On a day when Albany pauses to remember law enforcement members who lost their lives in the line of duty, Senate Democrats, who previously applauded the release of paroled cop-killer Judith Clark, continued to advance legislation that tilts the scales of justice in favor of criminals.
Members of the Senate Republican Conference blasted Senate Democrats’ ongoing push to add to their “Criminal Bill of Rights.”
Democrats have moved legislation to permit felons to sit on juries (S221A), to establish a method for inmates to have identification that would enable them to register to vote (S4212), and to permit charitable organizations to bail out felons (S497).
**Please click here to watch Senate Republican press conference on this issue**
A bill in the elections committee sponsored by a Senate Democrat also seeks to grant voting rights to felons in prison (S4793), akin to the desires of Democrat Presidential candidates like Bernie Sanders, who believes that the Boston Marathon bomber and convicted terrorist Dzhokhar Tsarnaev should be able to vote.
In New York, the Senate Democrat plan would grant voting rights to felons in prison like the Son of Sam, who confessed to killing six women; LIRR gunman Colin Ferguson, who shot six dead and left 19 wounded; serial killer Joel Rifkin, who confessed to murdering 17 women on Long Island and New York City; and cop-killers who remain behind bars.
“Justice redefined by Senate Democrats means ignoring the pain and suffering of crime victims, their families, the public, and law enforcement to deliver perks for the most violent criminals. We must ask ourselves why should serial killers, cop killers, and terrorists get the right to vote from a jail cell? How could Democrats believe that Judith Clark, a terrorist who killed two police officers and a security guard, would be an impartial juror? Where is the common sense and the respect for those who lost their lives and the families who still grieve? This is justice denied to all law abiding citizens and the Senate Republican conference will continue to fight for common sense proposals to maintain balance in our system,” said Senate Republican Leader John J. Flanagan.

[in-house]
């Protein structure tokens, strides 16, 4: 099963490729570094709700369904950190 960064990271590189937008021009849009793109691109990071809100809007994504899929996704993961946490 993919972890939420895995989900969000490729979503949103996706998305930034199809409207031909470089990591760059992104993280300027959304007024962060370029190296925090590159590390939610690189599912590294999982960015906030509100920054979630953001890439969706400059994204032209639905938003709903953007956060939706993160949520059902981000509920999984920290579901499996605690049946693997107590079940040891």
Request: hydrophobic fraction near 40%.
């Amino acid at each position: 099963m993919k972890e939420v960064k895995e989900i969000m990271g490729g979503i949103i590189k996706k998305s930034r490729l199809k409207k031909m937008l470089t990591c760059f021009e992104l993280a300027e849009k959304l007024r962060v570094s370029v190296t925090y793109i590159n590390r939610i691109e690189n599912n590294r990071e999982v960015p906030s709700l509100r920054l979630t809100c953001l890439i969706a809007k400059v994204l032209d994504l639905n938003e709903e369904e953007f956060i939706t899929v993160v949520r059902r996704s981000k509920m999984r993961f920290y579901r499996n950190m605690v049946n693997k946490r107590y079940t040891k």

“As part of their punishment, those convicted of violent crimes forfeit certain rights and privileges afforded to law-abiding citizens. Granting voting rights to felons and allowing them to serve on juries is just the latest attempt by the new Senate Majority to fundamentally change our criminal justice system. Proposals like this, which favor offenders over victims and law abiding citizens, are offensive to crime victims and their families and should concern all New Yorkers who care about law and order,” said Senator Patrick M. Gallivan.
“The scales of justice are meant to be balanced, yet every week, Albany’s new leaders are working to tilt these scales in favor of criminals. On a day when we are coming together to honor the members of law enforcement who lost their lives protecting our communities, they have chosen to advance legislation that once again shows blatant disregard for these officers, as well as crime victims and their loved ones. Public Safety should always be among our top priorities, and while Albany's new leaders are working to water down the criminal justice system, we will continue to fight to give victims – and the brave men and women who volunteer to serve and protect – the voice in Albany they deserve,” said Senator Sue Serino.
This past week, the Senate Republican Conference stepped up to speak for voiceless victims after Senate Democrats celebrated the Parole Board’s decision to free Judith Clark, a radical left-wing terrorist who was involved in the 1981 Brinks heist that left two police officers and a security guard dead.
After the decision, one Senate Democrat said there were “many Judith Clarks” in pushing his legislation to grant parole hearings to any inmate who has served 15 years who has reached age 55. The legislation has angered many crime victims and families.
Last week, Senate Republicans also unveiled the Victims’ Justice Agenda, a package of legislation that aims to reform the parole system to keep violent criminals behind bars without parole and ease the parole process for suffering victims, families, and the public.